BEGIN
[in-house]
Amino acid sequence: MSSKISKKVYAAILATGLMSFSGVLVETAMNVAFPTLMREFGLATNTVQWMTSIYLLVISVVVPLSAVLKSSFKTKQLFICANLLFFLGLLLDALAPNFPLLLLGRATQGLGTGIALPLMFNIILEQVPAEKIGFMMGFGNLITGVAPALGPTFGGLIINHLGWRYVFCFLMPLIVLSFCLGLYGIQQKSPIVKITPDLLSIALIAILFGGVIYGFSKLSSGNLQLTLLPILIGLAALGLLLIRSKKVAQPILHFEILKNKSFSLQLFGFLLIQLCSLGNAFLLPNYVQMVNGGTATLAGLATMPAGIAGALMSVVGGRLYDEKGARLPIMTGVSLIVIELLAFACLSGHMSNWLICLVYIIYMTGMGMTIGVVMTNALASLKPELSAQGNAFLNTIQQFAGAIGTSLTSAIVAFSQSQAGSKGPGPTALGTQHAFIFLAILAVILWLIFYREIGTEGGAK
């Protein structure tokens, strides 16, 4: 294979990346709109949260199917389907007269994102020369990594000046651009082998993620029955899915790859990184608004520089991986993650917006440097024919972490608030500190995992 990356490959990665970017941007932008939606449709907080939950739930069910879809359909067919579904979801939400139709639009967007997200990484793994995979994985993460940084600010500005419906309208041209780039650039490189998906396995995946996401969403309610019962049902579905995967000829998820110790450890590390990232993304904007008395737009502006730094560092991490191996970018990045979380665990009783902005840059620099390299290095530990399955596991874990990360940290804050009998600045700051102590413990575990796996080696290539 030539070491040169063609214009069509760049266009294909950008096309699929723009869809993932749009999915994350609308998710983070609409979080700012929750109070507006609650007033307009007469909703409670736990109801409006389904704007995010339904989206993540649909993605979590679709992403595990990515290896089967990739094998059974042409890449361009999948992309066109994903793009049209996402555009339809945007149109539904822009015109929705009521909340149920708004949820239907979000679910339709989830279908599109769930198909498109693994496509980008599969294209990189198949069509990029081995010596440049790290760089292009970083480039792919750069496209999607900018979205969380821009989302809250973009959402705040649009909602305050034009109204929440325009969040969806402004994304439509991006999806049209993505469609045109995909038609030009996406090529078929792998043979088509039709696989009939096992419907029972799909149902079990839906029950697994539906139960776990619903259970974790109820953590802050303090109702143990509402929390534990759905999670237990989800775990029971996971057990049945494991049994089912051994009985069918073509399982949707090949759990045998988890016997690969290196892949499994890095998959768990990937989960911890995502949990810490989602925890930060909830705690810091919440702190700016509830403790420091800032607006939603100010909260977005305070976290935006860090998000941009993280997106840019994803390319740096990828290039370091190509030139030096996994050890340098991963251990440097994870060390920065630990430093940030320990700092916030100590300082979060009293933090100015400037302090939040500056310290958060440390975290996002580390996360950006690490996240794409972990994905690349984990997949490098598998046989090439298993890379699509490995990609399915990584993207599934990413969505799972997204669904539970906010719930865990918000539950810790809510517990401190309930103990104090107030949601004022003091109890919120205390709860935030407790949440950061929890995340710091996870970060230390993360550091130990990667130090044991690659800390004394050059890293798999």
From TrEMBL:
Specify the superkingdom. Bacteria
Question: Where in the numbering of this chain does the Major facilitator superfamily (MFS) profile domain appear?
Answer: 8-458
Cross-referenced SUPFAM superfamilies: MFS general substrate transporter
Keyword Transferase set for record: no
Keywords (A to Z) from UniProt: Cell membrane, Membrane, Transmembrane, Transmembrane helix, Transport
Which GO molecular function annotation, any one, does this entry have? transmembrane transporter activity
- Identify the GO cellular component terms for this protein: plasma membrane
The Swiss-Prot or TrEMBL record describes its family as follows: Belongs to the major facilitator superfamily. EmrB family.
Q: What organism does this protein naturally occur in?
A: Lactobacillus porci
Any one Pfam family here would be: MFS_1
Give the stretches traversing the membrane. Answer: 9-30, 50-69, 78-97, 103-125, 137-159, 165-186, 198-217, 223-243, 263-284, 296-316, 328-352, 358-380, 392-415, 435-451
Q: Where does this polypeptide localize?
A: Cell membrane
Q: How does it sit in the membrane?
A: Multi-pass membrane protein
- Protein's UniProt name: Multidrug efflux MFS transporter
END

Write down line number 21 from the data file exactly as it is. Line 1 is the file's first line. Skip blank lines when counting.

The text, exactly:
A: Multi-pass membrane protein